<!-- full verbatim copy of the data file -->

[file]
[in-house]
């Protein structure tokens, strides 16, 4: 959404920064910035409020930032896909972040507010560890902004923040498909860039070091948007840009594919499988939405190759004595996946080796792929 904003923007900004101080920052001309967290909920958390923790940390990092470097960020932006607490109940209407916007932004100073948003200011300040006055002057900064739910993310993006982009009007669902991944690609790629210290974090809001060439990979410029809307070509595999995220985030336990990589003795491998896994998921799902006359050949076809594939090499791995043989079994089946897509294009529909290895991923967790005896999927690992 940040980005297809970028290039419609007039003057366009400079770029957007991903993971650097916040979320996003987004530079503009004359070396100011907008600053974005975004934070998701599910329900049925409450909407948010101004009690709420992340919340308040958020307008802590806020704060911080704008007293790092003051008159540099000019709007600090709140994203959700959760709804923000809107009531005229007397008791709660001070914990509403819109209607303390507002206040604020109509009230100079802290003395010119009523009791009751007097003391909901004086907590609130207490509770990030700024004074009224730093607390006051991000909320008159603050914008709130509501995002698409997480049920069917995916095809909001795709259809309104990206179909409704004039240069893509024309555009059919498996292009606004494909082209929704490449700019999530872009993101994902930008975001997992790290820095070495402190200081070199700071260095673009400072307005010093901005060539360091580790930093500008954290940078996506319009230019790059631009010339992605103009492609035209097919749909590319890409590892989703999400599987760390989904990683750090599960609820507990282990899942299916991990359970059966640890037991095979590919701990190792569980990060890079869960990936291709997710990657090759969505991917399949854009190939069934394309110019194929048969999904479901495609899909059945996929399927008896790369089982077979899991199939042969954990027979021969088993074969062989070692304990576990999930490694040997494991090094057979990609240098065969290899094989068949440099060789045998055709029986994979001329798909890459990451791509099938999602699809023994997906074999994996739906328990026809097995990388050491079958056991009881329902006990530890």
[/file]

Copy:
[in-house]
């Protein structure tokens, strides 16, 4: 959404920064910035409020930032896909972040507010560890902004923040498909860039070091948007840009594919499988939405190759004595996946080796792929 904003923007900004101080920052001309967290909920958390923790940390990092470097960020932006607490109940209407916007932004100073948003200011300040006055002057900064739910993310993006982009009007669902991944690609790629210290974090809001060439990979410029809307070509595999995220985030336990990589003795491998896994998921799902006359050949076809594939090499791995043989079994089946897509294009529909290895991923967790005896999927690992 940040980005297809970028290039419609007039003057366009400079770029957007991903993971650097916040979320996003987004530079503009004359070396100011907008600053974005975004934070998701599910329900049925409450909407948010101004009690709420992340919340308040958020307008802590806020704060911080704008007293790092003051008159540099000019709007600090709140994203959700959760709804923000809107009531005229007397008791709660001070914990509403819109209607303390507002206040604020109509009230100079802290003395010119009523009791009751007097003391909901004086907590609130207490509770990030700024004074009224730093607390006051991000909320008159603050914008709130509501995002698409997480049920069917995916095809909001795709259809309104990206179909409704004039240069893509024309555009059919498996292009606004494909082209929704490449700019999530872009993101994902930008975001997992790290820095070495402190200081070199700071260095673009400072307005010093901005060539360091580790930093500008954290940078996506319009230019790059631009010339992605103009492609035209097919749909590319890409590892989703999400599987760390989904990683750090599960609820507990282990899942299916991990359970059966640890037991095979590919701990190792569980990060890079869960990936291709997710990657090759969505991917399949854009190939069934394309110019194929048969999904479901495609899909059945996929399927008896790369089982077979899991199939042969954990027979021969088993074969062989070692304990576990999930490694040997494991090094057979990609240098065969290899094989068949440099060789045998055709029986994979001329798909890459990451791509099938999602699809023994997906074999994996739906328990026809097995990388050491079958056991009881329902006990530890």